Techniques, Drills, and Motivation
Cockley, Running Backs Coach, Mount Union College
2009 Cleveland Glazier Clinic Presentation
Set the Tone: All Running Backs Must...
If young coaches forget to set the tempo, you do it for them.
There is no reason to get your players hurt in practice.
The drop off from 1st string to 2nd string is huge.
- Hit - if ytou make contact with the top of your head,
"we'll cut you from the team." Don't stick your face in it.
- Hustle - Every session has a tempo, and the coach must
establish that tempo for them.
- Thud - No
contact, but full-speed. The running back always clears
defenders. In blocking, just put hands on your guy.
- Active Thud -
Nobody goes on the ground. The RB still always clears defenders.
- Full Speed -
Everything is live. This rarely happens in practice.
- Know their Assignment - you can't play if you don't know
the playbook. Older players help younger players.
- Care about your Teammate - On the field, you have to care
"You only have so many train wrecks in you" -- Tom Osborne
Everyone has a weightlifting program today. There is more of a
chance for injury, so you can't bang on them every day.
5 Points of Pressure
- Fingers grip the cone of the ball
- Palm of the hand resting against the ball
- Forearm pressing against the ball
- Tight to the bicep
- Tight to the chest - doesn't matter if it is high or "in
the carriage." The ball never gets away from the body.
Running Back Drills
Running Back Drill #1: Hand-Off Drill
Usually done during pre-practice time. Get two lines of players,
wide apart. One side has a ball. Other side runs and take
hand-off. As the player gets the ball, get a tight rack, and two
good burst steps. Then shift it to your hand and hand-off to the
next player. If you only have 5 Running Backs in the drill, use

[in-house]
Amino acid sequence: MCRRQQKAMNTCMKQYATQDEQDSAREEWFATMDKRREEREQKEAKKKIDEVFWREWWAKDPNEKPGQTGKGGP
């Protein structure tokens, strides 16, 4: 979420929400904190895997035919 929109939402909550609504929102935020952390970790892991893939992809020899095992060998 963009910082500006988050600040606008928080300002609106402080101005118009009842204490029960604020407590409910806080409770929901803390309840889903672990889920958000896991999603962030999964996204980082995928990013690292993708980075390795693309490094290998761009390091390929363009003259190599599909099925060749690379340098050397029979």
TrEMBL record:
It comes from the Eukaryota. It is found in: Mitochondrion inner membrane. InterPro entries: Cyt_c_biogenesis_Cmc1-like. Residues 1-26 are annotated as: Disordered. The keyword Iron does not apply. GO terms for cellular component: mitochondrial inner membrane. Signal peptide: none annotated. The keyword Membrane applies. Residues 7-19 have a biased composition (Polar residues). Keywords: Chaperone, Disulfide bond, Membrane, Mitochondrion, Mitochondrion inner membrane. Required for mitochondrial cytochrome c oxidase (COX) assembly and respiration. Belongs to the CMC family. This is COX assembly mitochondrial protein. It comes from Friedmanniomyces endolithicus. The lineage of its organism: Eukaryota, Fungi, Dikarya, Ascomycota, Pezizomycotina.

one ball. If there are 6 or more, get two balls going. (see
Raymond Berry wanted his Wide Receivers to touch the ball 175 times in
practice, from start to finish. This hand-off drill is a good
start, they will get lots of hand-offs in a short period of time.
Mount Union doesn't fumble the ball very often. The Running Backs
Coach should never allow a fumble. Demote the guy if he does it
twice. But you have to emphasize tucking the ball! If you
don't do that, the fumbles are your fault. It is almost
impossible to correct fumbling once the season has started.
Running Back Drill #2: Raking the Ball
Changing the ball from one hand to the other, or Raking, needs to be
drilled to make it a natural move. Take the ball across the body
wtih an underhand grip and 'rake' the chest. The ball is in constant contact with the chest.
If a player is more comfortable with using an overhand rake, that
is also fine. (see Diagram 2)
Players are only allowed one rake per play. Down the field rakes
are where fumbles occur.
Running Back Drill #3: Strip Drill
One guy grabs his belt from behind. He whacks the ball all the
way from the sideline to the hash mark, and then they switch and come
back. Get used to holding on to the football.
Running Back Drill #4: Running Ropes
Don't just run through the ropes. Carry a football (more
touches!) Body lean, and getting knees up, are both important.
Increase your player's speed by running with the knees up.
It helps a Running Back to make cuts. Come off the ropes, burst to a score. Put a
bagout, and cut off it to score.
Running Back Drill #5: Cut Drill vs. Bags
Get two feet down between first two bags, hop to the left, two feet